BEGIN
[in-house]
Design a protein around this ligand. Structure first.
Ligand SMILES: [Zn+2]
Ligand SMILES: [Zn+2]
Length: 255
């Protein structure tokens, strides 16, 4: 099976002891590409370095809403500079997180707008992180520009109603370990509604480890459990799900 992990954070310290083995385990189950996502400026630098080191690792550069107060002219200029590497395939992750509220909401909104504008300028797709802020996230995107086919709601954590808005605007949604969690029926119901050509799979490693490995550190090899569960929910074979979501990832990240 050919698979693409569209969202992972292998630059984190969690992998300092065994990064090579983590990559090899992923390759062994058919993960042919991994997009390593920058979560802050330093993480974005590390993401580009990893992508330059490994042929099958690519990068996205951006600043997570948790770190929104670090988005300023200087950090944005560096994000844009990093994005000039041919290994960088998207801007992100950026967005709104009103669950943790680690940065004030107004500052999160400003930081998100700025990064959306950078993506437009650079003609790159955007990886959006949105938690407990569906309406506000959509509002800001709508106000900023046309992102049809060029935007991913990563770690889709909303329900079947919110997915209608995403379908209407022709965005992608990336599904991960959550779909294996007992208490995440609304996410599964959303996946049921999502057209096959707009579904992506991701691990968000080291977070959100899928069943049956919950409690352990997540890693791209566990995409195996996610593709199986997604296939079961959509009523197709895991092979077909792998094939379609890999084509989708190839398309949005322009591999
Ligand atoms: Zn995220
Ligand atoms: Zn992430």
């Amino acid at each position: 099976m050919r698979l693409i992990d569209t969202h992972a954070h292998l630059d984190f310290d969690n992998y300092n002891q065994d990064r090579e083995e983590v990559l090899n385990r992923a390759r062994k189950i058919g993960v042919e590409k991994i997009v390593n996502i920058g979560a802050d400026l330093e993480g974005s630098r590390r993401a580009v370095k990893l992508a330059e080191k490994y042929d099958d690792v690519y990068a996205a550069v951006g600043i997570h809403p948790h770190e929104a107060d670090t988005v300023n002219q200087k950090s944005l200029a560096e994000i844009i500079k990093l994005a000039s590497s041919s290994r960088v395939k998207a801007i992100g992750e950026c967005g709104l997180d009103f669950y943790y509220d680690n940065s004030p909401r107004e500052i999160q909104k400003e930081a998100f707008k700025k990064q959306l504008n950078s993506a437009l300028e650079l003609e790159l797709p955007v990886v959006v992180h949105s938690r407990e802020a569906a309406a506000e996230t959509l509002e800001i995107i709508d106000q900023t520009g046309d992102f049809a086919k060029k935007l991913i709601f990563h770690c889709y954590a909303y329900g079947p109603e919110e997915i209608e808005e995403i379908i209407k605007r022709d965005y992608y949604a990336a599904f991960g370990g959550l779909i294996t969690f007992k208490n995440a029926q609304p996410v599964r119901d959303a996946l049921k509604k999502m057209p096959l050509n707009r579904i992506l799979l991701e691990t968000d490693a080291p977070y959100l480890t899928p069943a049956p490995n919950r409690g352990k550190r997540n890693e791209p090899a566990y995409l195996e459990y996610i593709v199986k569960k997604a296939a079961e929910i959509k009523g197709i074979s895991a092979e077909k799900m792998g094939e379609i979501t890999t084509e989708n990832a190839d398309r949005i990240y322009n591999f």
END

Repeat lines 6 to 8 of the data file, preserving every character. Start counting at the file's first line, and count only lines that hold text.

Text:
């Protein structure tokens, strides 16, 4: 099976002891590409370095809403500079997180707008992180520009109603370990509604480890459990799900 992990954070310290083995385990189950996502400026630098080191690792550069107060002219200029590497395939992750509220909401909104504008300028797709802020996230995107086919709601954590808005605007949604969690029926119901050509799979490693490995550190090899569960929910074979979501990832990240 050919698979693409569209969202992972292998630059984190969690992998300092065994990064090579983590990559090899992923390759062994058919993960042919991994997009390593920058979560802050330093993480974005590390993401580009990893992508330059490994042929099958690519990068996205951006600043997570948790770190929104670090988005300023200087950090944005560096994000844009990093994005000039041919290994960088998207801007992100950026967005709104009103669950943790680690940065004030107004500052999160400003930081998100700025990064959306950078993506437009650079003609790159955007990886959006949105938690407990569906309406506000959509509002800001709508106000900023046309992102049809060029935007991913990563770690889709909303329900079947919110997915209608995403379908209407022709965005992608990336599904991960959550779909294996007992208490995440609304996410599964959303996946049921999502057209096959707009579904992506991701691990968000080291977070959100899928069943049956919950409690352990997540890693791209566990995409195996996610593709199986997604296939079961959509009523197709895991092979077909792998094939379609890999084509989708190839398309949005322009591999
Ligand atoms: Zn995220
Ligand atoms: Zn992430």